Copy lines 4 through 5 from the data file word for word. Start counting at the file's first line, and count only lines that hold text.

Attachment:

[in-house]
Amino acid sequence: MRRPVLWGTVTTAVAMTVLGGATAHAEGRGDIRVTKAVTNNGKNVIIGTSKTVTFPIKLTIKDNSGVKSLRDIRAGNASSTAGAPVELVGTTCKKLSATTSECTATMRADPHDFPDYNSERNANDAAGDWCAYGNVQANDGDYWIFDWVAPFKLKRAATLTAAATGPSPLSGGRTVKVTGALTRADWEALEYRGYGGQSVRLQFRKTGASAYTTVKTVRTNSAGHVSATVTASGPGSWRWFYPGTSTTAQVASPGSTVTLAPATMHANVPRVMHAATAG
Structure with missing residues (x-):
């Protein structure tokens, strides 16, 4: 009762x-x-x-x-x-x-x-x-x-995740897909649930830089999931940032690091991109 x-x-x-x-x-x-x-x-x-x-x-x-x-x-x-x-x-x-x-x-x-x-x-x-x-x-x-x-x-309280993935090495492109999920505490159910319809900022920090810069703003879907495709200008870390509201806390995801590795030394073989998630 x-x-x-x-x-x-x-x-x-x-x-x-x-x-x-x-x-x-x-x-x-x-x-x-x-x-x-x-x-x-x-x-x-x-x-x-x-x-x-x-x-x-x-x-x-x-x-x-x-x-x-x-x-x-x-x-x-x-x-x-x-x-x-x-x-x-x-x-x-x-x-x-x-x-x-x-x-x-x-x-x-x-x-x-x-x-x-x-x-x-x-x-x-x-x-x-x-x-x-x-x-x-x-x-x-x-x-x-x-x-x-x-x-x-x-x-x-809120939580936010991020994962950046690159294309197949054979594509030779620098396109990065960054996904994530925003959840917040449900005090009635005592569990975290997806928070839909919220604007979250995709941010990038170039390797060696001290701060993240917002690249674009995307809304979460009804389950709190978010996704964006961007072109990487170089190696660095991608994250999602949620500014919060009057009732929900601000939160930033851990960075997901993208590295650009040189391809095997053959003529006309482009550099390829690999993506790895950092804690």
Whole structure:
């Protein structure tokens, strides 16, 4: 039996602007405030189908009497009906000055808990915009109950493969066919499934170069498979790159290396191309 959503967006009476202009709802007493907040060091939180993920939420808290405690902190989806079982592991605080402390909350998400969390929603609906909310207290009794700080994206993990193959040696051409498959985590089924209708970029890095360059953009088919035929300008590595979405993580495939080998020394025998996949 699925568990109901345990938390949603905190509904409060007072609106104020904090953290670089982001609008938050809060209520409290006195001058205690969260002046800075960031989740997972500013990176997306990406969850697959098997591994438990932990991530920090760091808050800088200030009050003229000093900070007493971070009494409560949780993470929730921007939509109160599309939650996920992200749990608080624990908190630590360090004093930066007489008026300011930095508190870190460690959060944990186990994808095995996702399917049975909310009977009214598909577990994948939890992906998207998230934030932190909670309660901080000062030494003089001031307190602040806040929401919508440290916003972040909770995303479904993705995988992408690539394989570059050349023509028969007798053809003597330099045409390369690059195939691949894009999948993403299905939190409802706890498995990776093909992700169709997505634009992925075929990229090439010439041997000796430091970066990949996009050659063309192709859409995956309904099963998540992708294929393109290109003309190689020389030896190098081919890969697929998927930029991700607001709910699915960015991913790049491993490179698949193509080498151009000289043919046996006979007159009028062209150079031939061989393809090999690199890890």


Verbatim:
């Protein structure tokens, strides 16, 4: 009762x-x-x-x-x-x-x-x-x-995740897909649930830089999931940032690091991109 x-x-x-x-x-x-x-x-x-x-x-x-x-x-x-x-x-x-x-x-x-x-x-x-x-x-x-x-x-309280993935090495492109999920505490159910319809900022920090810069703003879907495709200008870390509201806390995801590795030394073989998630 x-x-x-x-x-x-x-x-x-x-x-x-x-x-x-x-x-x-x-x-x-x-x-x-x-x-x-x-x-x-x-x-x-x-x-x-x-x-x-x-x-x-x-x-x-x-x-x-x-x-x-x-x-x-x-x-x-x-x-x-x-x-x-x-x-x-x-x-x-x-x-x-x-x-x-x-x-x-x-x-x-x-x-x-x-x-x-x-x-x-x-x-x-x-x-x-x-x-x-x-x-x-x-x-x-x-x-x-x-x-x-x-x-x-x-x-x-809120939580936010991020994962950046690159294309197949054979594509030779620098396109990065960054996904994530925003959840917040449900005090009635005592569990975290997806928070839909919220604007979250995709941010990038170039390797060696001290701060993240917002690249674009995307809304979460009804389950709190978010996704964006961007072109990487170089190696660095991608994250999602949620500014919060009057009732929900601000939160930033851990960075997901993208590295650009040189391809095997053959003529006309482009550099390829690999993506790895950092804690």
Whole structure: